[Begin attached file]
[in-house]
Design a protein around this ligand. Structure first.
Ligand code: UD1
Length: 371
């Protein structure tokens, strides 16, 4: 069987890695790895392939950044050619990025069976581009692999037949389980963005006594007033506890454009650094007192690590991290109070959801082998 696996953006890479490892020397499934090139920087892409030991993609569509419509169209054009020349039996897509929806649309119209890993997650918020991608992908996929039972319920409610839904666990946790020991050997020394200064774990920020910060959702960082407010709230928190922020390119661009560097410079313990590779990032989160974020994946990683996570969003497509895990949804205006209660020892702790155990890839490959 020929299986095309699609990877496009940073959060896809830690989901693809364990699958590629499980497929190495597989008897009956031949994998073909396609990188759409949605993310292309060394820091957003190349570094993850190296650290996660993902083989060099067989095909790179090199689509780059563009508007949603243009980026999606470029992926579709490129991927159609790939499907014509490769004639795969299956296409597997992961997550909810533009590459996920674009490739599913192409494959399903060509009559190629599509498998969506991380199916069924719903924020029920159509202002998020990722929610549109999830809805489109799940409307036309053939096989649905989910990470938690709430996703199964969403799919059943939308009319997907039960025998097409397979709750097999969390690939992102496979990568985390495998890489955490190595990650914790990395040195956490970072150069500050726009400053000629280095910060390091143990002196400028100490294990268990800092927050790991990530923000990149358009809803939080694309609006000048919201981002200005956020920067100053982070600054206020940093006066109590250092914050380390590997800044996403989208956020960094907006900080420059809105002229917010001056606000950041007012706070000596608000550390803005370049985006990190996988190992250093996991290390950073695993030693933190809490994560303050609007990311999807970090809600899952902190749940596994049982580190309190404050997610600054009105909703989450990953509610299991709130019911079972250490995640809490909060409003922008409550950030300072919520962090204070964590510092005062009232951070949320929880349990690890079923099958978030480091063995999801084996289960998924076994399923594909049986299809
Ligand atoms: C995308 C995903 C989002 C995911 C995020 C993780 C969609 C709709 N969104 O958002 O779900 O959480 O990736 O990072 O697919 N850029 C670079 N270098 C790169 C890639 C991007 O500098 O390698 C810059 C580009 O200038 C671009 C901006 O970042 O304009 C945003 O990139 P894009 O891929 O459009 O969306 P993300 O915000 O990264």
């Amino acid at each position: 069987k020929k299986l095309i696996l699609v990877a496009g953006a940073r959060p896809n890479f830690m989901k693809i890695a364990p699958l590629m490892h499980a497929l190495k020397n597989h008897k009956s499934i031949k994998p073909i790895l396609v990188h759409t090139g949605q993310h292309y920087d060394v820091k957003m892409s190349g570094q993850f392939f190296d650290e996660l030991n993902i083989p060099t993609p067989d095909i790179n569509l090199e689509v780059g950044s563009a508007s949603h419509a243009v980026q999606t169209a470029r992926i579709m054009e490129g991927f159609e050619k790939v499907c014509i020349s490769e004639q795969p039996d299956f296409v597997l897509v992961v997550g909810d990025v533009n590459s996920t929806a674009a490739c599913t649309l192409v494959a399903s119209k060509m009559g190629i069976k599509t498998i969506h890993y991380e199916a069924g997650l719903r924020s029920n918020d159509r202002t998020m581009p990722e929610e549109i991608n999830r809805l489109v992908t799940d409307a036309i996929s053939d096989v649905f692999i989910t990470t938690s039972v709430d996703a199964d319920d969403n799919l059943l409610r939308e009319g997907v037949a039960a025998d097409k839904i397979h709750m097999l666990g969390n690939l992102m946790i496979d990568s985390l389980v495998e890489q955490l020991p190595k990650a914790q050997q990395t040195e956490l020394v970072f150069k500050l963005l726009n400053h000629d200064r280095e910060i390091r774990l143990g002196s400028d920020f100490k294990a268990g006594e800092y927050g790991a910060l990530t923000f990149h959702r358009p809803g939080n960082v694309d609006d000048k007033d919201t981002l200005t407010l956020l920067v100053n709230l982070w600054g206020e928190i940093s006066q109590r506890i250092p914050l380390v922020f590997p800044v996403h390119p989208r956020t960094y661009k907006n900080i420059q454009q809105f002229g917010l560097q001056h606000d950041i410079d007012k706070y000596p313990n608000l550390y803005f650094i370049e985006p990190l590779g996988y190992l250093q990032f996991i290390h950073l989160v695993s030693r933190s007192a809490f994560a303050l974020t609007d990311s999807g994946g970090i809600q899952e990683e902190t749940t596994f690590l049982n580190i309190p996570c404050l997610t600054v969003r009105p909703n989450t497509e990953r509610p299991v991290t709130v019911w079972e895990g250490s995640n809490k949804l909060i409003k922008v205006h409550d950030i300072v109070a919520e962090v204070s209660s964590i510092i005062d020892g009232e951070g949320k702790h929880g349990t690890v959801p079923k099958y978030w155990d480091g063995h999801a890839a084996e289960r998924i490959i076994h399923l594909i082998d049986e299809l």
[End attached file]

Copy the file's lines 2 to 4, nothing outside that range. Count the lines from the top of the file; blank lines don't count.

Design a protein around this ligand. Structure first.
Ligand code: UD1
Length: 371